Author: the_bridge_tank

When bad controversies drive out the good ones: rehabilitating scientific controversy

At a time when Covid variants are multiplying, what is known genetically about this virus, from the processes of its emergence, to the role of virology in the analysis of its current evolution, to the genetic origins of its transformation into a pandemic, as well as the hypothesis of the possible role of humans and virological laboratories in its rise? What are the hypotheses supported by facts and debated by scientists, the controversies based on scientific protocols?

From the emergence of a pathogenic virus to the pandemic and variants: virology’s point of view

To shed light on these questions, this dossier presents our exchanges with Sterghios Moschos, researcher, virologist, with Gabriel Gras, former virology researcher and biosafety expert, and with Professor Jacques Cohen, physician and scientist, professor of immunology.

Sterghios Moschos introduces the panorama of the scientifically debated theses, Gabriel Gras tackles the questions linked to the origins of the virus and the functioning of the biological security laboratories and finally Jacques Cohen tackles the questions linked, starting from the virus, to the emergence of the disease and then to its transformation into a pandemic, in order to draw some lessons on a better coordination between disciplines, between science and the public authorities.

Finally, in a current situation where the International Conference for the Conservation of Nature is being held, we open the question of the relationship between humanity and nature.

When bad controversies drive out the good: rehabilitating scientific controversy

When a new epidemic erupts into the world, virology and epidemiology are initially blind to the DNA of the virus, its capacity to spread and contaminate, as well as its origins. Eventually, these scientific fields become more astute, able to see more clearly the DNA of the virus, its family of possible reservoirs and hosts, becoming potentially clairvoyant later on its capability to spread, transform as well as its origins, resulting eventually in the creation of a vaccine.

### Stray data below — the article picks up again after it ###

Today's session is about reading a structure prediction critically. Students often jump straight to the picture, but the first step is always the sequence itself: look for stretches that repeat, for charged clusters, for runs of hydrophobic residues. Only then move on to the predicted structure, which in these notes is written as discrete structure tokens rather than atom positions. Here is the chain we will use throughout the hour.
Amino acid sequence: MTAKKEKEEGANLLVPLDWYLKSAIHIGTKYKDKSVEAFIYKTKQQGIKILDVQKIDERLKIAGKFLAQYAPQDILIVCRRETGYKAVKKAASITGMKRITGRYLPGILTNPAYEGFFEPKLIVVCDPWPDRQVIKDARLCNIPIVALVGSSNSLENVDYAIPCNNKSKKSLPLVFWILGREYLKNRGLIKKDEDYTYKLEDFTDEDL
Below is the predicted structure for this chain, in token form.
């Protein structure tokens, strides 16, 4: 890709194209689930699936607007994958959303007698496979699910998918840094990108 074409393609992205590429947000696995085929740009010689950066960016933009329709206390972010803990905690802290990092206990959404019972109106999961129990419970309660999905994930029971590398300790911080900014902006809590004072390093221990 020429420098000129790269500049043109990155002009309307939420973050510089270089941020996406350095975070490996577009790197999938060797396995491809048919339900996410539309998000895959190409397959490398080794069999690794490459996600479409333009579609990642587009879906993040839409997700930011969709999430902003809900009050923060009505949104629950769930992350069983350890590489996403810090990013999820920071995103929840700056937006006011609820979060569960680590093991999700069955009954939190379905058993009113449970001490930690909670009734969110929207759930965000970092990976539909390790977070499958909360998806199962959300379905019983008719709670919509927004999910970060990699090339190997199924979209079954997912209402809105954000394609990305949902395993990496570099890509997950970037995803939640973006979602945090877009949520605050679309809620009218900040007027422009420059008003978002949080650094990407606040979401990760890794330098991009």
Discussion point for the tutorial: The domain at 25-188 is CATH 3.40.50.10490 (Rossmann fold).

However, science takes time and a certain protocol, during which hypothesises need to be raised and de-bunked, or confirmed, fully or partially. This is a classic process of science in the making, well established since modern science developed, well understood by the epistemology of sciences including Gaston Bachelard and others; in this context, “scientific controversy” helps unearthing the truth from gathering, accumulation and minute interpretation of facts.

In the post-media age, however, politicised as it is, scientific controversies often escape the preserve of science, leak or get leaked by the media, and can even be intentionally diffused as propaganda by all sides or state/philanthropy/media machines. The current pandemic most likely has not escaped this trap.  

To this, time may still clarify the debate, but an interesting tool is provided through “Mapping” controversies (MC). As defined by Wikipedia: MC is an academic course taught in science studies, stemming from the writings of the French sociologist and philosopher Bruno Latour. MC focuses exclusively on the controversies surrounding scientific knowledge rather than the established scientific facts or outcomes. This “mapping” helps sociologists, anthropologists and other social scientists get insights not into scientific knowledge per se, but rather into the process of gaining knowledge. MC sheds light on those intermediate stages corresponding to the actual research process whilst pinpointing the connections between scientific work and other types of activities.”

“Mapping of Controversies” goes against political controversy, and controversy in the right sense ought to be re-appropriated by those it belongs to by sheer design of science: the scientists.

To read more on this topic, Joël Ruet, President of The Bridge Tank, has published an article in french on the website La Tribune : Coronavirus _ un analyseur de la complexité des relations hommes-animaux _

The Bridge Tank also wrote a note on scientific controversies and a literature review: The Bridge Tank COVID19 – A note on scientific controversies and a Literature review

Read the transcript of each interview here: Verbatim – Interview Sterghios Moschos_FINAL; Verbatim – Interview Jacques Cohen_FINAL; verbatim – Interview Gabriel Gras_FINAL

Sustainable Energy transition trajectories in large countries

By Baudouin Becker, Antoine Goutaland, Xieshu Wang,  Joël Ruet, Laure Elise Wargnier and Malaurie Le Bail.